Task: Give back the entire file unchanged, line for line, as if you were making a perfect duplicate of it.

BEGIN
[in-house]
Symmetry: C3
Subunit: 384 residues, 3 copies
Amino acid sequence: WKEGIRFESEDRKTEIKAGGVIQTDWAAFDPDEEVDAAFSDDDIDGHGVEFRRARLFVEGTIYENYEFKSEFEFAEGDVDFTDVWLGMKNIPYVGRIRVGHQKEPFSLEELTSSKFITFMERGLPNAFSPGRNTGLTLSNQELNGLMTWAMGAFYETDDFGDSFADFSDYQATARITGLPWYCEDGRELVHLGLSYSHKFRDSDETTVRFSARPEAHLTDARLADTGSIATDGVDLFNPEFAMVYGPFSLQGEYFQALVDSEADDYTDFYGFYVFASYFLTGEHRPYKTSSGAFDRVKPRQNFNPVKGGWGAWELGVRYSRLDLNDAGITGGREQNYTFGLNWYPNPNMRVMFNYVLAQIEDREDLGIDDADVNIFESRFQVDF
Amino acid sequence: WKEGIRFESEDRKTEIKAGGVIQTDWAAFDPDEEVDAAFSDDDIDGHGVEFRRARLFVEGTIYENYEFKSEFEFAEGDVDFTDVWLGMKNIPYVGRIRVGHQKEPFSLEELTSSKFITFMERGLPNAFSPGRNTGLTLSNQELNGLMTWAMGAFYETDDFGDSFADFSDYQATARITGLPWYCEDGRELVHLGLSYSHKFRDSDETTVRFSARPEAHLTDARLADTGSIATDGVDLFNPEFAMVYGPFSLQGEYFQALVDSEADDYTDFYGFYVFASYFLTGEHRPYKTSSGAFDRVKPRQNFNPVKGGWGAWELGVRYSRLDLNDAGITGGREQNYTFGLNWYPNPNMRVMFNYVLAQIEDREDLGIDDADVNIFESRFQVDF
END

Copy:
[in-house]
Symmetry: C3
Subunit: 384 residues, 3 copies
Amino acid sequence: WKEGIRFESEDRKTEIKAGGVIQTDWAAFDPDEEVDAAFSDDDIDGHGVEFRRARLFVEGTIYENYEFKSEFEFAEGDVDFTDVWLGMKNIPYVGRIRVGHQKEPFSLEELTSSKFITFMERGLPNAFSPGRNTGLTLSNQELNGLMTWAMGAFYETDDFGDSFADFSDYQATARITGLPWYCEDGRELVHLGLSYSHKFRDSDETTVRFSARPEAHLTDARLADTGSIATDGVDLFNPEFAMVYGPFSLQGEYFQALVDSEADDYTDFYGFYVFASYFLTGEHRPYKTSSGAFDRVKPRQNFNPVKGGWGAWELGVRYSRLDLNDAGITGGREQNYTFGLNWYPNPNMRVMFNYVLAQIEDREDLGIDDADVNIFESRFQVDF
Amino acid sequence: WKEGIRFESEDRKTEIKAGGVIQTDWAAFDPDEEVDAAFSDDDIDGHGVEFRRARLFVEGTIYENYEFKSEFEFAEGDVDFTDVWLGMKNIPYVGRIRVGHQKEPFSLEELTSSKFITFMERGLPNAFSPGRNTGLTLSNQELNGLMTWAMGAFYETDDFGDSFADFSDYQATARITGLPWYCEDGRELVHLGLSYSHKFRDSDETTVRFSARPEAHLTDARLADTGSIATDGVDLFNPEFAMVYGPFSLQGEYFQALVDSEADDYTDFYGFYVFASYFLTGEHRPYKTSSGAFDRVKPRQNFNPVKGGWGAWELGVRYSRLDLNDAGITGGREQNYTFGLNWYPNPNMRVMFNYVLAQIEDREDLGIDDADVNIFESRFQVDF